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How to Properly Center Short Focus Eyepieces

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How to properly center short focus eyepieces

Short focused eyepieces are often dismissed by their relentless owners for alleged lack of performance due to disbelief in their sometimes ambitious optical designs, suspected limits of the telescopic system and of course the ever almighty seeing that rules all out. This amounts to these optical gems ending up on the shelve as collectors items rather than in enthusiastic use in high performance observation. There is of course truth in all of these factors mentioned that all do take their share but - ever thought about how we clamp our eyepieces into the rear ends of our telescopes ?

Let´s see what we have:

There is the common brass marrer, the single screw slot-in eyepiece holder that will indiscriminately take up everything that is fed into its upper end. Mine allows for an extra space of 0,5 mm on either side, so there is ample space for a rich selection of eyepieces stemming from various provenances. Think of 0,5 mm extra space with a 2,5 mm focus eyepiece! The eyepiece is distracted from the optical axis of the system by a 1/5 of its focal length! Still any doubts this will end up in nothing more than a decent performance ?

The more advanced system is a three screw eyepiece holder with an interior brass ring intended to smoothly embrace the eyepiece socket. Ever try to bring a short focused eyepiece into center with these three screws ? Honestly, it takes a micro gauge and a lot of lasting affection to work out even length of every single screw and even if you found your performance to improve you would never be certain for lack of a truly centered alignment. If not all screws are at even length, there is also the risk of considerable tilt as you would only by chance end up by truly aligning the focus plain of the eyepiece and the telescope´s optic.

There is something called „Click Lock“ with mechanics derived from fixing gear with power drills. This brings us closer to the experience of well centered eyepieces that vague contours will snap in to clear and sharp details once they are in focus. Nevertheless I found mine to be fiddly in practical usage as you have to turn the focusing collar about a 1Ú4 of a full turn more to the left than would be required just to compensate for the final right turn the eyepiece takes once you fix the eyepiece by the main compression ring. Further I discovered some eyepieces still to be slightly tilted by their own head weight if the main compression ring happens not to be vigorously closed. The threaded focusing collar only allows for moving the eyepiece in the „out“ mode, thus requiring to open the compression ring and start all over again from a lower position of the focusing collar, if focus has again eluded your efforts. This is not as bad as it may sound but it is quite peculiar and getting increasingly tedious with any sort of short focused eyepiece.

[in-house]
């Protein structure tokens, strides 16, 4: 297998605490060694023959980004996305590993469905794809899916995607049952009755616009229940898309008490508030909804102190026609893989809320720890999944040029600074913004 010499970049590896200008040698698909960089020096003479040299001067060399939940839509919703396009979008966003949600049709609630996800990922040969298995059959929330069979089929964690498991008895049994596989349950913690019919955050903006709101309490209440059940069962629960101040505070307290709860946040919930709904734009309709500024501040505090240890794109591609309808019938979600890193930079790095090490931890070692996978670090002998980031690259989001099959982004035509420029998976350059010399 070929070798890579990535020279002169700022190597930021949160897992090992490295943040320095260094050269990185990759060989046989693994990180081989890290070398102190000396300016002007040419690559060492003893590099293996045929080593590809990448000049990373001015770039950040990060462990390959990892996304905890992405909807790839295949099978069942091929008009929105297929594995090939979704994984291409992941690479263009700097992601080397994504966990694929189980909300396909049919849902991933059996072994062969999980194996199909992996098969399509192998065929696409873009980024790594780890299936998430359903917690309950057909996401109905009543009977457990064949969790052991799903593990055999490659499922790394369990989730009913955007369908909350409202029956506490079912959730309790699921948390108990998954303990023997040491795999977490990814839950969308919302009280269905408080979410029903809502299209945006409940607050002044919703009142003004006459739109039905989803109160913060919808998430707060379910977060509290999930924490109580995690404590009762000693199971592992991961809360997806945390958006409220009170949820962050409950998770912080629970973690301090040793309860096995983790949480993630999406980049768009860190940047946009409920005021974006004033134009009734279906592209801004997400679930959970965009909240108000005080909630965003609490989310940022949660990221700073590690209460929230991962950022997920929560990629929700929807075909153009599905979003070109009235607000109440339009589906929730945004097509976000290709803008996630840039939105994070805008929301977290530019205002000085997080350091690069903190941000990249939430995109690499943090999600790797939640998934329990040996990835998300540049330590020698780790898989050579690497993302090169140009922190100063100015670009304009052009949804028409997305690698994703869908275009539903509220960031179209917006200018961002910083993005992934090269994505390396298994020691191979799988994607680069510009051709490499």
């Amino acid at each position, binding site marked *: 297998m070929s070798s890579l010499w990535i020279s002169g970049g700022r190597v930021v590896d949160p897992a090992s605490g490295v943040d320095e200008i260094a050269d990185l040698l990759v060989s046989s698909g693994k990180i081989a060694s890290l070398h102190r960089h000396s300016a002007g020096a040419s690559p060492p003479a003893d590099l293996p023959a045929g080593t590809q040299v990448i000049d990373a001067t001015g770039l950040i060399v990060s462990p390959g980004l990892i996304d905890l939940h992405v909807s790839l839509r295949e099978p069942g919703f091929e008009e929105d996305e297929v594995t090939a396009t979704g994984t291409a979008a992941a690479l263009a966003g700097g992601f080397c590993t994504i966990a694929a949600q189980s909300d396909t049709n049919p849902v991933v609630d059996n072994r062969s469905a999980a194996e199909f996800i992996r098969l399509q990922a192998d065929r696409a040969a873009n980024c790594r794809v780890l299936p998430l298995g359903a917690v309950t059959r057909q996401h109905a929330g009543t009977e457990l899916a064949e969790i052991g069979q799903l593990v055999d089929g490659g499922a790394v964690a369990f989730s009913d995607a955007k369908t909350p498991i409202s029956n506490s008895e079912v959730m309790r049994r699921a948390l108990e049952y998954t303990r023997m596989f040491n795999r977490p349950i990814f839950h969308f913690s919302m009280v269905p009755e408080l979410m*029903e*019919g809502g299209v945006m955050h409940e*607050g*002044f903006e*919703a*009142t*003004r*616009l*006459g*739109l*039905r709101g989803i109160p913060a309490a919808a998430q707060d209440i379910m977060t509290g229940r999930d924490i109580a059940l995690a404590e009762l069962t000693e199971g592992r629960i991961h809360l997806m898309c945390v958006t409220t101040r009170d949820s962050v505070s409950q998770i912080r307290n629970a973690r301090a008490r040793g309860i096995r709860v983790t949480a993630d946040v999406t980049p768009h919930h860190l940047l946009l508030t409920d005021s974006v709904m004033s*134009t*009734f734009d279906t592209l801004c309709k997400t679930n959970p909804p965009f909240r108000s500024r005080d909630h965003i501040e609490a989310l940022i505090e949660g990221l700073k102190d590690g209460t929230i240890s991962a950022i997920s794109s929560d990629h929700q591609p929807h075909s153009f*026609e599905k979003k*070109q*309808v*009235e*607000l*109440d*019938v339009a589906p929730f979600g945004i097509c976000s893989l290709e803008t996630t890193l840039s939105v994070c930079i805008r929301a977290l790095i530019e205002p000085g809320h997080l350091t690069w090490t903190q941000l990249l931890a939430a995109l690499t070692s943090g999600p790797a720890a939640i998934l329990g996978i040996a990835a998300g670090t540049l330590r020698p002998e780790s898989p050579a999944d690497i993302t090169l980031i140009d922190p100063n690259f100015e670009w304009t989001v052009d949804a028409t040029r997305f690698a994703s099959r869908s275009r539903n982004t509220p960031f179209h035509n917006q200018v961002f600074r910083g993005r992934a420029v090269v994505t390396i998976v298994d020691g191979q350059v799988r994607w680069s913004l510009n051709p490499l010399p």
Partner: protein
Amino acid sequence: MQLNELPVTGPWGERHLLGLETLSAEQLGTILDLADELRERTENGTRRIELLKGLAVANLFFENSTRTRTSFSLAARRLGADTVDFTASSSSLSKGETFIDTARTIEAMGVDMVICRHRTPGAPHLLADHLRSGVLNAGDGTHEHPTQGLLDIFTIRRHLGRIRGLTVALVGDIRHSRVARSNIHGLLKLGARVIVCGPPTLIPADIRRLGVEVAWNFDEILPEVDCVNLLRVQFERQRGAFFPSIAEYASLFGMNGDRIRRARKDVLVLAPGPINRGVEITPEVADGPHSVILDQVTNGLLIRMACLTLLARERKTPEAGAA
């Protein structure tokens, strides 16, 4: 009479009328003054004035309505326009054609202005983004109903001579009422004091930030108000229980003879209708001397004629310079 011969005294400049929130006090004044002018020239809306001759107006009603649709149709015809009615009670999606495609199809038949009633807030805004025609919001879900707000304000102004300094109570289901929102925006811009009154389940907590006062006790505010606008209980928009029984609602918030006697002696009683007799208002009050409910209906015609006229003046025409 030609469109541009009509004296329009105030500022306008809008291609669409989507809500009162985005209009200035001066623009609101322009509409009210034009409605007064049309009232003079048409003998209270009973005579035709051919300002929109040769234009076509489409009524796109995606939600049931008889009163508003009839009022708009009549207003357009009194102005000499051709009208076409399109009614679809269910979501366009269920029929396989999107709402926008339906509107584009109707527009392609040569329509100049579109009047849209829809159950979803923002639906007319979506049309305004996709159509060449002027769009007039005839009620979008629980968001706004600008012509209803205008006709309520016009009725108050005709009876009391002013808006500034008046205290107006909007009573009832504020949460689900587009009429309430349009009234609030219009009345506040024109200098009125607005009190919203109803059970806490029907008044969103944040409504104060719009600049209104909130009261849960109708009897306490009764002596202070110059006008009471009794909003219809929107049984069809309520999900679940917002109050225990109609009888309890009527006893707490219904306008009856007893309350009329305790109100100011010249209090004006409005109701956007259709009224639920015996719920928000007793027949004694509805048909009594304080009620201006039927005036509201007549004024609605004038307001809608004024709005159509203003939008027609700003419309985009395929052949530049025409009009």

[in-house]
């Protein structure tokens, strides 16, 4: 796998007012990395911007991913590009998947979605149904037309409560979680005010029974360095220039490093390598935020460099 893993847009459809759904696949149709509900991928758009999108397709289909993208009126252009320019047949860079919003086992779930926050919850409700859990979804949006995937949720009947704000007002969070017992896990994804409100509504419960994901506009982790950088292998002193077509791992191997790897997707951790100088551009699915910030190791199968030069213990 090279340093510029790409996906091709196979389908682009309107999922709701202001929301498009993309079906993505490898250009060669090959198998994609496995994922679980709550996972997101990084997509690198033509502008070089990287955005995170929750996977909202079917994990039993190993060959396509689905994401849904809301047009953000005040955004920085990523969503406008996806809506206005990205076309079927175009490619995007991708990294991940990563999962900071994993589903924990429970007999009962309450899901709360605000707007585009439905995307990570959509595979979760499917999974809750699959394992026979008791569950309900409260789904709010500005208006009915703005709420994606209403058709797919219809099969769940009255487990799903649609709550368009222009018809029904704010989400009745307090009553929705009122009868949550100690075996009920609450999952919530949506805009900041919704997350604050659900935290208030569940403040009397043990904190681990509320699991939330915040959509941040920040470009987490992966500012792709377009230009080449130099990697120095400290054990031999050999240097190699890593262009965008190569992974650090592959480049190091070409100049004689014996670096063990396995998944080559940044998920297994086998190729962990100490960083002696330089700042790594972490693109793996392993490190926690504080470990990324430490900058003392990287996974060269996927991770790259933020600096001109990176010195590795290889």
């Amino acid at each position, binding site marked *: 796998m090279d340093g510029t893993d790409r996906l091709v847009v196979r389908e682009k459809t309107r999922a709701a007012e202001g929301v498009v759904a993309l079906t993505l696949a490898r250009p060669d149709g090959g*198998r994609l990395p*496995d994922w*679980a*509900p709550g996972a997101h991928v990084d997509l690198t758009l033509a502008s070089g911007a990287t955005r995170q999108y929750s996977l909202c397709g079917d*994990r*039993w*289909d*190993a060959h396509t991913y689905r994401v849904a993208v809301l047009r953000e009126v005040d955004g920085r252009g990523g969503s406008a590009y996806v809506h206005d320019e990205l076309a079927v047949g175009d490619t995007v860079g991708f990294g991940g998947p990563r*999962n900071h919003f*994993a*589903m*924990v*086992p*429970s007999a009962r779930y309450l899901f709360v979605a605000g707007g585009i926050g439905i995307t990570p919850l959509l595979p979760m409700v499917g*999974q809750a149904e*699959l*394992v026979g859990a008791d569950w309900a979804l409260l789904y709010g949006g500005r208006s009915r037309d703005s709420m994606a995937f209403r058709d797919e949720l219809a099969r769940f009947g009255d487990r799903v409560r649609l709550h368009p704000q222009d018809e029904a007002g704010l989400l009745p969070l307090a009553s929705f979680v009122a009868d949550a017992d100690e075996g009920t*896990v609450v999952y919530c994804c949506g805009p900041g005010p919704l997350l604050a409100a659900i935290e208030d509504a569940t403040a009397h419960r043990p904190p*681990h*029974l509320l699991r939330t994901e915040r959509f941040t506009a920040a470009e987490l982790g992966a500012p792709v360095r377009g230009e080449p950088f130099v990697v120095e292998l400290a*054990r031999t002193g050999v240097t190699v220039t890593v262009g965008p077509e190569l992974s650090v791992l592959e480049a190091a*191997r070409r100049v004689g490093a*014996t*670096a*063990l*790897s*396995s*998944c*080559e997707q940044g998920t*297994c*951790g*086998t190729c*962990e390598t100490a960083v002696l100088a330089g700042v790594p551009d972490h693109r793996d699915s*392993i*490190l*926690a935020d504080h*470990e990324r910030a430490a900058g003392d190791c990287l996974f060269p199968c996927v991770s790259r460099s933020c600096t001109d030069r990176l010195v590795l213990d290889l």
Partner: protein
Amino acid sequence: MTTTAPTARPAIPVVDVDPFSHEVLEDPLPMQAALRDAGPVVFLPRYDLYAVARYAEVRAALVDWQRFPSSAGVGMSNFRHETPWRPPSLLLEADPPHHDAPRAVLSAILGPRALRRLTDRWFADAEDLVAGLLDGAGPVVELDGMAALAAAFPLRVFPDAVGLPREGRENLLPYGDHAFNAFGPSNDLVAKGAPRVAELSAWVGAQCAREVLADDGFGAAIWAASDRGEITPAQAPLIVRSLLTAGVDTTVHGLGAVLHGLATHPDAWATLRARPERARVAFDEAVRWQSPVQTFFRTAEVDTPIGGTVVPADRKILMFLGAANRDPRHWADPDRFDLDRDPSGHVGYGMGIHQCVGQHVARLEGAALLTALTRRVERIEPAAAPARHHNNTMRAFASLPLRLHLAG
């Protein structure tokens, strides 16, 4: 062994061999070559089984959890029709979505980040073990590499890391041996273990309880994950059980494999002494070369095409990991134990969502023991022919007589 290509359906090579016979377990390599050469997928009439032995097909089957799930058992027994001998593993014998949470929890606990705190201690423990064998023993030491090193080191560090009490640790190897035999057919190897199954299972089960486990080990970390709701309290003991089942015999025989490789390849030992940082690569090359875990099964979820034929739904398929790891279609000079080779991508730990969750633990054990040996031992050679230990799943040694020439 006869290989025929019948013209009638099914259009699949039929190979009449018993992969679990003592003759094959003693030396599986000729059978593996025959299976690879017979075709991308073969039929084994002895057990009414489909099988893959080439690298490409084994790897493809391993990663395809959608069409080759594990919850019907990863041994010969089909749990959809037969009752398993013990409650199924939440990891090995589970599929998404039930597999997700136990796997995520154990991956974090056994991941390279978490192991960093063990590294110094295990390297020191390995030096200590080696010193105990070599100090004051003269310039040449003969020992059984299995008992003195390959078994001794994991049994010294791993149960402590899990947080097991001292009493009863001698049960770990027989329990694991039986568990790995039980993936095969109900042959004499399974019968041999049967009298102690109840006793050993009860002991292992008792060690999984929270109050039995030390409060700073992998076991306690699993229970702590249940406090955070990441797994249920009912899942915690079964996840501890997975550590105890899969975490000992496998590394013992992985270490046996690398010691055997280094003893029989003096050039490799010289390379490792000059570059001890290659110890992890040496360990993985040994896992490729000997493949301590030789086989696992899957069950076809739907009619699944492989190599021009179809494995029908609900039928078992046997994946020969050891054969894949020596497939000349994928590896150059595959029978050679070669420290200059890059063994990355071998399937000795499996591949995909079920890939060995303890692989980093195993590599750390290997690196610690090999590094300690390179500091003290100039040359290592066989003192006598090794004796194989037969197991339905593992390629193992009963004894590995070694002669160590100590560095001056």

Why not keep it small and simple? There is a filter thread in most, if not in all eyepieces. Take a male 1 1Ú4´´ thread on one side of a metal tube and a female T2 thread on the opposite side, if this suits the requirements of your diagonal, and off you go ! Just screw your favorite eyepiece on top, forget about any centering sorrows, focus by minute turns of the eyepiece on the socket of your new focusing adapter and enjoy.

The more ambitious will even add a 1 1/4 ´´ threaded locking ring below the eyepiece to allow for tightening the eyepiece, once the position of true focus has been found. The reward is crystal clear razor sharp, detailed views in the previously ugly ducklings of the lower end of the range. This device will of course not make up for any deficiencies in the eyepiece´s design but you will realize there is much more in many of them than they could thus far show.It is pretty clear that any Angstrom we place an eyepiece off the optical axis of the optical system will be hazardous to the overall performance. Using short focus eyepieces in a decidedly centered way brings out the true limits of your scope.

Of course, seeing is still an issue, but you will discover the overall distortions of the picture you see to be considerably diminished. If seeing is not at all bad, the moments of true, pristine views will significantly increase. This may be due to the minor atmospheric turbulences to be less detrimental once they are seen close to the optical axis of the entire system, including the eyepiece. We may thereby pick up some amount of the useful information they may still contain, thus adding to the improved performance.

Ragold Wenz


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